*Instead of looking for something wrong, purposely look for something right.
By nature, we are accustomed to trying to correct and perfect things, so we tend to worry too much about looking for what's wrong. By finding what they're doing right tends to make students feel better about themselves (because they're doing something right!) and instills confidence in them to correct the "wrong" stuff themselves and as a result get more positive feedback.
Now I'm not saying that we shouldn't correct the wrong stuff at all, so here's how to address that:
*Look for the root cause of the problem.
By finding every little thing that needs to be corrected can cause frustration in both the student and the instructor. The student feels that there's so much stuff to correct that they're practically wasting their time and not learning anything, and the instructor frankly gets tired of having to constantly correct the student whom he/she feels isn't learning anything at all. Find out what is causing the problem and work from there.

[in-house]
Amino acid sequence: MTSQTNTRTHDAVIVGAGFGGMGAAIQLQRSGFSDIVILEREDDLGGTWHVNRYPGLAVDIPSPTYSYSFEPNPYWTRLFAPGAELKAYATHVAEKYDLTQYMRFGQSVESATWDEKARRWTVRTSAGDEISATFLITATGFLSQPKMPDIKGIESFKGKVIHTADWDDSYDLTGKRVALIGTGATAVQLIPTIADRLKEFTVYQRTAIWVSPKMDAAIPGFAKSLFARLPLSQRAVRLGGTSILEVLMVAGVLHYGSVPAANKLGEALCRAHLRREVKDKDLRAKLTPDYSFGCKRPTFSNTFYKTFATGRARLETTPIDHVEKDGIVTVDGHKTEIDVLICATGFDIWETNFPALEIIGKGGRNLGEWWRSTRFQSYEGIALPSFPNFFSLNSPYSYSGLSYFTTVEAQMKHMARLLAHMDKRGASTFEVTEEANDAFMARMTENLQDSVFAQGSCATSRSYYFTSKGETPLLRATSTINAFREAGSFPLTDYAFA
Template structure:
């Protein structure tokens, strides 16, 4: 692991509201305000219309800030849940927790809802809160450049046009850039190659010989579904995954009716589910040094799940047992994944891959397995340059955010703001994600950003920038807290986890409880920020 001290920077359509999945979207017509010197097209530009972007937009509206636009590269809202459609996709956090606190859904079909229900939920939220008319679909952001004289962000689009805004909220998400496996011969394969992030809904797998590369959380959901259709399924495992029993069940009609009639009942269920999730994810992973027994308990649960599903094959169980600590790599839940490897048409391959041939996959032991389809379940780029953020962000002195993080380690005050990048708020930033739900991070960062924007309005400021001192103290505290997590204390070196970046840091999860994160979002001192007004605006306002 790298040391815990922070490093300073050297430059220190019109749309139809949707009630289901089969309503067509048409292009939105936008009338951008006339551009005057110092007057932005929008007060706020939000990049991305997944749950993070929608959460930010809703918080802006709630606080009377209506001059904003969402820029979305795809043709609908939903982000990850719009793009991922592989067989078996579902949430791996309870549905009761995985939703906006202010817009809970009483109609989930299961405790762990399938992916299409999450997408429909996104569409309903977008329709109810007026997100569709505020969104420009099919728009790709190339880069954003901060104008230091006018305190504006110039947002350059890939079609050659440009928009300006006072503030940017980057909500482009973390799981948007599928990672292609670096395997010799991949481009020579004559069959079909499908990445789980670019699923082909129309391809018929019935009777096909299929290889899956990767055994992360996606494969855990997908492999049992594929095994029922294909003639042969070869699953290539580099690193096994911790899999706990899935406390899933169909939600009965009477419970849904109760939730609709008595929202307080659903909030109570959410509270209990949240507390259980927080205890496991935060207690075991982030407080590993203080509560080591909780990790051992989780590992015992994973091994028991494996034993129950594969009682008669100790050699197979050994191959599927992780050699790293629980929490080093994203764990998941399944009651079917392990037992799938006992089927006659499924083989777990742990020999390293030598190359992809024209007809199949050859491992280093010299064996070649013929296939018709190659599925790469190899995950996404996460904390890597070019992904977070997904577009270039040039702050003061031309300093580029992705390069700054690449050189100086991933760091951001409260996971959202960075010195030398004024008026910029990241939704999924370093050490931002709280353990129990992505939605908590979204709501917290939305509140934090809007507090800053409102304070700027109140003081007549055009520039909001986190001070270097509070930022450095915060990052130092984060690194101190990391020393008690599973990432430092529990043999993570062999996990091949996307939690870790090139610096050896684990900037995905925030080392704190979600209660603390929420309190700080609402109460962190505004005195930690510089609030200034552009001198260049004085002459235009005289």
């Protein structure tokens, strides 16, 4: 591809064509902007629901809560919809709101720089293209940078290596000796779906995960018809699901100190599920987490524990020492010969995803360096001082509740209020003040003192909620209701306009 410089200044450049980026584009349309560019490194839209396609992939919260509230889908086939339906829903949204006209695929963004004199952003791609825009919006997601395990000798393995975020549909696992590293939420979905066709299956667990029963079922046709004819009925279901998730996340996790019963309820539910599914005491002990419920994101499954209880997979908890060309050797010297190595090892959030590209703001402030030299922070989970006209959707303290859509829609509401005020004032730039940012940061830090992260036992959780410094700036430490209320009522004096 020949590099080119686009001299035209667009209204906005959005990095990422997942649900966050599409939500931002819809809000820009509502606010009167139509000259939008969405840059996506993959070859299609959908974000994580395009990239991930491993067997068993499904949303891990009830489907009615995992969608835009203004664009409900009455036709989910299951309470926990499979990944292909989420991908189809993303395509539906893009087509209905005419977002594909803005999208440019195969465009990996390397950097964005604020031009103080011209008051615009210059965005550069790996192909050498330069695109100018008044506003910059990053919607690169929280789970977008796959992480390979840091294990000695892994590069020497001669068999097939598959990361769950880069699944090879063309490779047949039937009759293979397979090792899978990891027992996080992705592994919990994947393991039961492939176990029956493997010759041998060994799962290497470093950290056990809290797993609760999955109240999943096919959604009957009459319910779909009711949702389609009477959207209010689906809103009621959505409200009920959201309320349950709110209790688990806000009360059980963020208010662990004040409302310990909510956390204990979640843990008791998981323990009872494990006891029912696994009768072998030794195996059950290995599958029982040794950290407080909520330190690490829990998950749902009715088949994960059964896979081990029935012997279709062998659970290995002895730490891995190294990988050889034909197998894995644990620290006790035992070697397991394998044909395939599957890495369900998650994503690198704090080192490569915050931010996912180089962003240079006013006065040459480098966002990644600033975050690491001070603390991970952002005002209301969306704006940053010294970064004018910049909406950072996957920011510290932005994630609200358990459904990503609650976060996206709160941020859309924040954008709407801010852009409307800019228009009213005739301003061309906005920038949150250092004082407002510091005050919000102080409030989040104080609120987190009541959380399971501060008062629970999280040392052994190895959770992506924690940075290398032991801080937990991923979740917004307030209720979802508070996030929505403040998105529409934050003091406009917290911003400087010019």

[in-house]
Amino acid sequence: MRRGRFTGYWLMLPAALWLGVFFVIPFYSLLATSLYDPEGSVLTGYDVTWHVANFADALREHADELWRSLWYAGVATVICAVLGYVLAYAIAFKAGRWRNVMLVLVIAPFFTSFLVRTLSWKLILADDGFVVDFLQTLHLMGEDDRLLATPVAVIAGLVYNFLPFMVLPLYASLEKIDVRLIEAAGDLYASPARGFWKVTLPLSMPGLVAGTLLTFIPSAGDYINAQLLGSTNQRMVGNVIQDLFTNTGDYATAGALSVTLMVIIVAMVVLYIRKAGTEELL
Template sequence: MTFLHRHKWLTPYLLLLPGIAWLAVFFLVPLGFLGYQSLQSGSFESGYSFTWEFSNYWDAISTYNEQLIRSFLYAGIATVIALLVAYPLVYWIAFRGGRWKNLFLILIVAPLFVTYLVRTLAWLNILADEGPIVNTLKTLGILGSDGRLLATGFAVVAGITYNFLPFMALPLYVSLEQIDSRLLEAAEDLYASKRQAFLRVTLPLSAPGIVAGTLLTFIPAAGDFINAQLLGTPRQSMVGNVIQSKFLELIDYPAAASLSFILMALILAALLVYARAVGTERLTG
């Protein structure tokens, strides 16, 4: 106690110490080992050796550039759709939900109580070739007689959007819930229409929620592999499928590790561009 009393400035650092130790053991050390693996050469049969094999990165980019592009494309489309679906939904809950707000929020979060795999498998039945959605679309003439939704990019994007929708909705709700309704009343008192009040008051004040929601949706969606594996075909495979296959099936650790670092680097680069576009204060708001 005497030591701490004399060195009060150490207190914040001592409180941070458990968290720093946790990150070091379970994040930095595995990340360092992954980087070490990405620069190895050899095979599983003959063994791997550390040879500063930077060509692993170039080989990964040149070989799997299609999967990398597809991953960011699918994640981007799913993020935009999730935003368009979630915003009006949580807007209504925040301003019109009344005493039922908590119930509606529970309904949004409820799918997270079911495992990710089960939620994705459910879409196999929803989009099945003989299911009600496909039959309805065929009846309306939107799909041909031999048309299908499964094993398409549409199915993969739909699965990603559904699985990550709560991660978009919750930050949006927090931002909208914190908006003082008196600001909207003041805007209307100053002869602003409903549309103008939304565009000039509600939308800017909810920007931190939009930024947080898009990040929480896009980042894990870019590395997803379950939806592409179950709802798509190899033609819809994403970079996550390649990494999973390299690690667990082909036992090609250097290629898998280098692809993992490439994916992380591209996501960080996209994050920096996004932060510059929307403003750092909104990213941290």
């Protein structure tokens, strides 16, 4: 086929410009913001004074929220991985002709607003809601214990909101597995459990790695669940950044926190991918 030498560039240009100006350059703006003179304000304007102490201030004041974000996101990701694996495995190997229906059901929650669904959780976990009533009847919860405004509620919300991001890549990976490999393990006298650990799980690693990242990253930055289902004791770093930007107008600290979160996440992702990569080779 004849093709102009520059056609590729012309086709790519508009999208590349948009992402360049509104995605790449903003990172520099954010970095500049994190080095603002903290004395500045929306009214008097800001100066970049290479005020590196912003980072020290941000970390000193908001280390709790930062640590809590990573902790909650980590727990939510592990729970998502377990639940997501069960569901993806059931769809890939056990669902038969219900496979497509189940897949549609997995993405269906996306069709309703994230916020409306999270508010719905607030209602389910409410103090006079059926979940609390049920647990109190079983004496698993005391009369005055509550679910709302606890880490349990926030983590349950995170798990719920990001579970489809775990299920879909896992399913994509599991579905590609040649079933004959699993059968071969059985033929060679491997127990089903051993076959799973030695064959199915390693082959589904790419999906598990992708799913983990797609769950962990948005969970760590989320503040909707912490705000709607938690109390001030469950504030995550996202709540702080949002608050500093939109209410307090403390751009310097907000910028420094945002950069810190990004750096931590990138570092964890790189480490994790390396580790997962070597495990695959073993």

*Ask the student how they feel (about a particular technique, kata performance, sparring match, etc.)
What they tell you is the key to how you approach your feedback. Believe it or not, many problems can be corrected by themselves when this is done. The "improper" way they're doing something could be a misinterpretation on their part or they could simply be doing it the way they were taught. Of course there are other examples; the key is too listen.